A popular saying reminds us that the way to a person’s heart is through his stomach — an axiom proven through a new study highlighting the importance of serving meals with a smile in a hospital environment because it can significantly change the way a patient judges the hospital and its services.
The study’s author, Martin Ostensen, is a Master of Health Administration student in UNTHSC’s School of Public Health and dedicated his recent research to analyzing any correlation between positive meal nutrition experiences in hospitals and the higher satisfaction scores given by patients.
As a part of the Master of Health Administration internship project for the Office of Patient Centeredness at Baylor Scott and White Health, Dallas, Martin Ostensen compiled data from months of research, hospital site visits, and assessment.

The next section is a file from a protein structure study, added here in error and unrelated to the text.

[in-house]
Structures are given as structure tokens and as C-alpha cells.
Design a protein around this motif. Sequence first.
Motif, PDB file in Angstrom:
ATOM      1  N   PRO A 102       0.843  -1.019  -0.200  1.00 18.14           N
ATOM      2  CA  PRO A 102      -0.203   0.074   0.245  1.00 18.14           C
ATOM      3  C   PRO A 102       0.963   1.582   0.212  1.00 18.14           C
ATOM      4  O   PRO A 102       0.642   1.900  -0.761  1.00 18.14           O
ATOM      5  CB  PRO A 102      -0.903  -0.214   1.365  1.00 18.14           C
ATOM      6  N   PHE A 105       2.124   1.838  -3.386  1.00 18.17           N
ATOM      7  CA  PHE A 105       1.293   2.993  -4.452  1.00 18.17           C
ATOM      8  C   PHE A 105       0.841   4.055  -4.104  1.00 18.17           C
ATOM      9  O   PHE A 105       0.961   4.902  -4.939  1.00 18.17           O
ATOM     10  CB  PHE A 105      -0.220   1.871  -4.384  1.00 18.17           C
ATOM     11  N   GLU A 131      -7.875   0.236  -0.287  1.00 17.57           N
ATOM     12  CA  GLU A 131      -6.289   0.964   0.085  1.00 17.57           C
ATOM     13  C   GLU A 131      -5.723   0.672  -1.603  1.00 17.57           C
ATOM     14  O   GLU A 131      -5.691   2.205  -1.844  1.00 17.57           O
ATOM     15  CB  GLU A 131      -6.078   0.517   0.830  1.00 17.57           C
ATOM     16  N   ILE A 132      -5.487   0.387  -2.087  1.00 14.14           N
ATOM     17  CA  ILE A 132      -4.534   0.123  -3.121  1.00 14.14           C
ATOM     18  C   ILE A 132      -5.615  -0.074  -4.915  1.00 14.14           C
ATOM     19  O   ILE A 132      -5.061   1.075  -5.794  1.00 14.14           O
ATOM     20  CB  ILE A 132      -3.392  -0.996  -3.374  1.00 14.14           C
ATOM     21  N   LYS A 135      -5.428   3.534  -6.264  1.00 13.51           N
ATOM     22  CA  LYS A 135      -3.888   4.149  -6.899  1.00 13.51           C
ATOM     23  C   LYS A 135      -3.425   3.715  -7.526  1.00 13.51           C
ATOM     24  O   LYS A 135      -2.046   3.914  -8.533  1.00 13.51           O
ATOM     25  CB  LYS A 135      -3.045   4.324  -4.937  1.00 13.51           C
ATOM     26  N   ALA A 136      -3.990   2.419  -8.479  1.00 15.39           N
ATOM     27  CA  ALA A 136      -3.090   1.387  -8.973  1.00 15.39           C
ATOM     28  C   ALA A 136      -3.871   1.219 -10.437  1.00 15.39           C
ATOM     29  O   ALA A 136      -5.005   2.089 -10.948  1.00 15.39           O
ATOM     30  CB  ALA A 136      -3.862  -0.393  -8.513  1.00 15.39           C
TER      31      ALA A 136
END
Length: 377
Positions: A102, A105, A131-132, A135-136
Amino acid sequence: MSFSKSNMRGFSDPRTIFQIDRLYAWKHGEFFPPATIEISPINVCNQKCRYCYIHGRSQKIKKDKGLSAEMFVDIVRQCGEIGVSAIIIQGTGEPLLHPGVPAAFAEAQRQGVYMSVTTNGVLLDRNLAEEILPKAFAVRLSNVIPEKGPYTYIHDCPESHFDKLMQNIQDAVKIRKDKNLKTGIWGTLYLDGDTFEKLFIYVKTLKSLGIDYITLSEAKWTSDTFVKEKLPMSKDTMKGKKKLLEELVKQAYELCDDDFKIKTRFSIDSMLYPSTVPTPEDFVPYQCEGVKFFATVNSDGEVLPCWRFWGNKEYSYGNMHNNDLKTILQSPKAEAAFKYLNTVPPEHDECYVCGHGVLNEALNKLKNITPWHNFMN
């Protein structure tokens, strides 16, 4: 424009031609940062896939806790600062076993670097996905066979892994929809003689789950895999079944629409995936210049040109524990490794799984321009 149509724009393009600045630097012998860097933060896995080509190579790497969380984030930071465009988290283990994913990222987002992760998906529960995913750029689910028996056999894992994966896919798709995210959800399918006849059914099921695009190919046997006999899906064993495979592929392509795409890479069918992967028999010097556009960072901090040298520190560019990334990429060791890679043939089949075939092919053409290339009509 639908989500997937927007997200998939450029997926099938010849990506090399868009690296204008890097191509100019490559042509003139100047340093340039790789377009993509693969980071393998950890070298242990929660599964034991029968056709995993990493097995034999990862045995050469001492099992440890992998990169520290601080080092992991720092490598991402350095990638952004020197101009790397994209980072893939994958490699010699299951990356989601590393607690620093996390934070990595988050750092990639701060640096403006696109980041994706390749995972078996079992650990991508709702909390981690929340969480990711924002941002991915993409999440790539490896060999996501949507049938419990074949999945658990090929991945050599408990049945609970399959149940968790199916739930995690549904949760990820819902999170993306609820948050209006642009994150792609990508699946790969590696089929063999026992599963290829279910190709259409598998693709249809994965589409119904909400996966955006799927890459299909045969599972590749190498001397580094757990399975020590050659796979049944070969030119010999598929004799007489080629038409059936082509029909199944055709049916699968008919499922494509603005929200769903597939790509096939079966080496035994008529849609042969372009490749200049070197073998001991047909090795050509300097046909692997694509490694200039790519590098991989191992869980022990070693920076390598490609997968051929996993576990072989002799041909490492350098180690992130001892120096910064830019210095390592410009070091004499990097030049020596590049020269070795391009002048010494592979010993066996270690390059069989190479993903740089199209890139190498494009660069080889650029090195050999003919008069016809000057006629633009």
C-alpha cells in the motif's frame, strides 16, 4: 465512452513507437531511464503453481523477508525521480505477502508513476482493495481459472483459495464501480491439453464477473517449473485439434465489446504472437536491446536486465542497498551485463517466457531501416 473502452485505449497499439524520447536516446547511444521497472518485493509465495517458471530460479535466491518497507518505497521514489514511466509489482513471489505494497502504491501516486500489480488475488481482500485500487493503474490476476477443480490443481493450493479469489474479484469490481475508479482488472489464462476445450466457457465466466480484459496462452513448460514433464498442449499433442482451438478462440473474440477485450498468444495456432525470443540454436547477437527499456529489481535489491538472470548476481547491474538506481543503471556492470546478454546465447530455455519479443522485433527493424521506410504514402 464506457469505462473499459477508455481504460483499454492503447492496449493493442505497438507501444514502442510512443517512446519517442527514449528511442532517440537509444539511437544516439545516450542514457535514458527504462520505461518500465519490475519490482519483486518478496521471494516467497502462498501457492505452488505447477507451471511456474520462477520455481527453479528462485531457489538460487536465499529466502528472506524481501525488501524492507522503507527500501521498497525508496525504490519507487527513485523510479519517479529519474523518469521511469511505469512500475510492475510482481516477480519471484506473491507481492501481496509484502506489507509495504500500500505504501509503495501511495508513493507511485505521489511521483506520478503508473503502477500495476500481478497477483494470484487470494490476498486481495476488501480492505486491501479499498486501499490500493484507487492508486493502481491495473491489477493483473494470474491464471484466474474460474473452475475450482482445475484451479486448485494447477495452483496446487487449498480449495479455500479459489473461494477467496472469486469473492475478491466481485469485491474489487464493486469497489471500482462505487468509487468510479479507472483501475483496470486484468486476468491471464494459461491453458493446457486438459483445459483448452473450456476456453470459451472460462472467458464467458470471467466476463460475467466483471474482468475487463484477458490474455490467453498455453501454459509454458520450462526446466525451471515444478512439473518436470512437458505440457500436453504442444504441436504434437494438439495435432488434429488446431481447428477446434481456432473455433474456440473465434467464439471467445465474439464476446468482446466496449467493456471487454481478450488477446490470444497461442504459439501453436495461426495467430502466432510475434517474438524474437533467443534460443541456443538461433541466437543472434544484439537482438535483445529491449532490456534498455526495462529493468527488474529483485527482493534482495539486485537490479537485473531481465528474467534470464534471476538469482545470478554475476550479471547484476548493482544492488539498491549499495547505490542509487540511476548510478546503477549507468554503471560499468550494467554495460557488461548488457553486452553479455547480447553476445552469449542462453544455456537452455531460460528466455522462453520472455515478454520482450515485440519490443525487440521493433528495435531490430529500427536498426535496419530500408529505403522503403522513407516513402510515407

The researcher came to realize that a positive hospital experience is driven by a genuine interaction between food service workers and patients; knowing the patients’ names, acknowledging their preferences and needs, and making them feel important are all key aspects.
Regarding food service methods — the traditional tray delivery at set times or the room service, which includes meals being served within 45 minutes after being ordered by patients that have a menu with several options to choose from — Ostensen that the type of delivery is less important in patient satisfaction; the staff attitude matters the most.
“The staff who made patients a priority, knew the mission and intentionally lived it out at the patient level came through as the real ‘rock stars.’ They had a joy in their hearts. They were different,” he added.
Ostense has an impressive list of credentials to which he will add this new study upon his graduation in 2015, including a Master of Business Administration degrees from both Cornell University and Queen’s University, Ontario, in Canada, and a law degree from the University of British Columbia, Vancouver.